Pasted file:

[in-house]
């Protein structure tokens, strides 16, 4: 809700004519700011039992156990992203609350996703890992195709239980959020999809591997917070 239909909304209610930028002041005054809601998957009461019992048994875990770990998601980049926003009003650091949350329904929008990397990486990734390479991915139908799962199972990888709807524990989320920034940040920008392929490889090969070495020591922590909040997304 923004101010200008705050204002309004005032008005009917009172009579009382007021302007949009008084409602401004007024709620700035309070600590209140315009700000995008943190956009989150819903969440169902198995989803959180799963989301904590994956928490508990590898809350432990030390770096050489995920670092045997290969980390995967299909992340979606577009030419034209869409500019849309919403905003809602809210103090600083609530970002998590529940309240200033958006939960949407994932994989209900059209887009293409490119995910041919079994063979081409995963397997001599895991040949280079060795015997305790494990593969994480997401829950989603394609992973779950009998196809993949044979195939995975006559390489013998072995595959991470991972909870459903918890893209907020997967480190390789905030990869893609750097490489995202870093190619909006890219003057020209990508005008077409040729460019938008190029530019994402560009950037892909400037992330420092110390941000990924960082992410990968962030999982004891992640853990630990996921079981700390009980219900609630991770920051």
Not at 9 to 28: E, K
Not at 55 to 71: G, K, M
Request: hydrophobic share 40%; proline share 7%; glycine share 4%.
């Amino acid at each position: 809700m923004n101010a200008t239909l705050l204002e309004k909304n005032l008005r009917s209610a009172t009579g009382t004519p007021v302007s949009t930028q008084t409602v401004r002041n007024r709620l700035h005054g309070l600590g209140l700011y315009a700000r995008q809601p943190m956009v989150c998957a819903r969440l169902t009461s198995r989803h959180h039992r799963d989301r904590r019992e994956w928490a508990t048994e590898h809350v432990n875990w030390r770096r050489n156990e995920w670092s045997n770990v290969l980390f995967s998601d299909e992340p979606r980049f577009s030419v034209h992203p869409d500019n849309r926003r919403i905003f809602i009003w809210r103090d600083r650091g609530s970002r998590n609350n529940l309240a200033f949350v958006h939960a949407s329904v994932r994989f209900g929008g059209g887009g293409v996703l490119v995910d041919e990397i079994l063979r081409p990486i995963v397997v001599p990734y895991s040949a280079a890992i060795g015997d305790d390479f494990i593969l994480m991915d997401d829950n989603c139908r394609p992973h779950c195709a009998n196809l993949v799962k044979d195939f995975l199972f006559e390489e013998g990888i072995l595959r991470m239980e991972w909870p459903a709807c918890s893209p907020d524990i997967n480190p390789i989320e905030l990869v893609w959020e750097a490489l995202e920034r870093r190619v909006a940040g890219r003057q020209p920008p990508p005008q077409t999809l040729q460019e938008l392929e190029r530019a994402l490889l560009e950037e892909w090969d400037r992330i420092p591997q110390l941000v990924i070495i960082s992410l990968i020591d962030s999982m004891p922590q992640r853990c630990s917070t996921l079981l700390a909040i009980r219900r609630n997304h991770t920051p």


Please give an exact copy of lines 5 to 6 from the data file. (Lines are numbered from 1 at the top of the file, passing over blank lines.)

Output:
Request: hydrophobic share 40%; proline share 7%; glycine share 4%.
């Amino acid at each position: 809700m923004n101010a200008t239909l705050l204002e309004k909304n005032l008005r009917s209610a009172t009579g009382t004519p007021v302007s949009t930028q008084t409602v401004r002041n007024r709620l700035h005054g309070l600590g209140l700011y315009a700000r995008q809601p943190m956009v989150c998957a819903r969440l169902t009461s198995r989803h959180h039992r799963d989301r904590r019992e994956w928490a508990t048994e590898h809350v432990n875990w030390r770096r050489n156990e995920w670092s045997n770990v290969l980390f995967s998601d299909e992340p979606r980049f577009s030419v034209h992203p869409d500019n849309r926003r919403i905003f809602i009003w809210r103090d600083r650091g609530s970002r998590n609350n529940l309240a200033f949350v958006h939960a949407s329904v994932r994989f209900g929008g059209g887009g293409v996703l490119v995910d041919e990397i079994l063979r081409p990486i995963v397997v001599p990734y895991s040949a280079a890992i060795g015997d305790d390479f494990i593969l994480m991915d997401d829950n989603c139908r394609p992973h779950c195709a009998n196809l993949v799962k044979d195939f995975l199972f006559e390489e013998g990888i072995l595959r991470m239980e991972w909870p459903a709807c918890s893209p907020d524990i997967n480190p390789i989320e905030l990869v893609w959020e750097a490489l995202e920034r870093r190619v909006a940040g890219r003057q020209p920008p990508p005008q077409t999809l040729q460019e938008l392929e190029r530019a994402l490889l560009e950037e892909w090969d400037r992330i420092p591997q110390l941000v990924i070495i960082s992410l990968i020591d962030s999982m004891p922590q992640r853990c630990s917070t996921l079981l700390a909040i009980r219900r609630n997304h991770t920051p």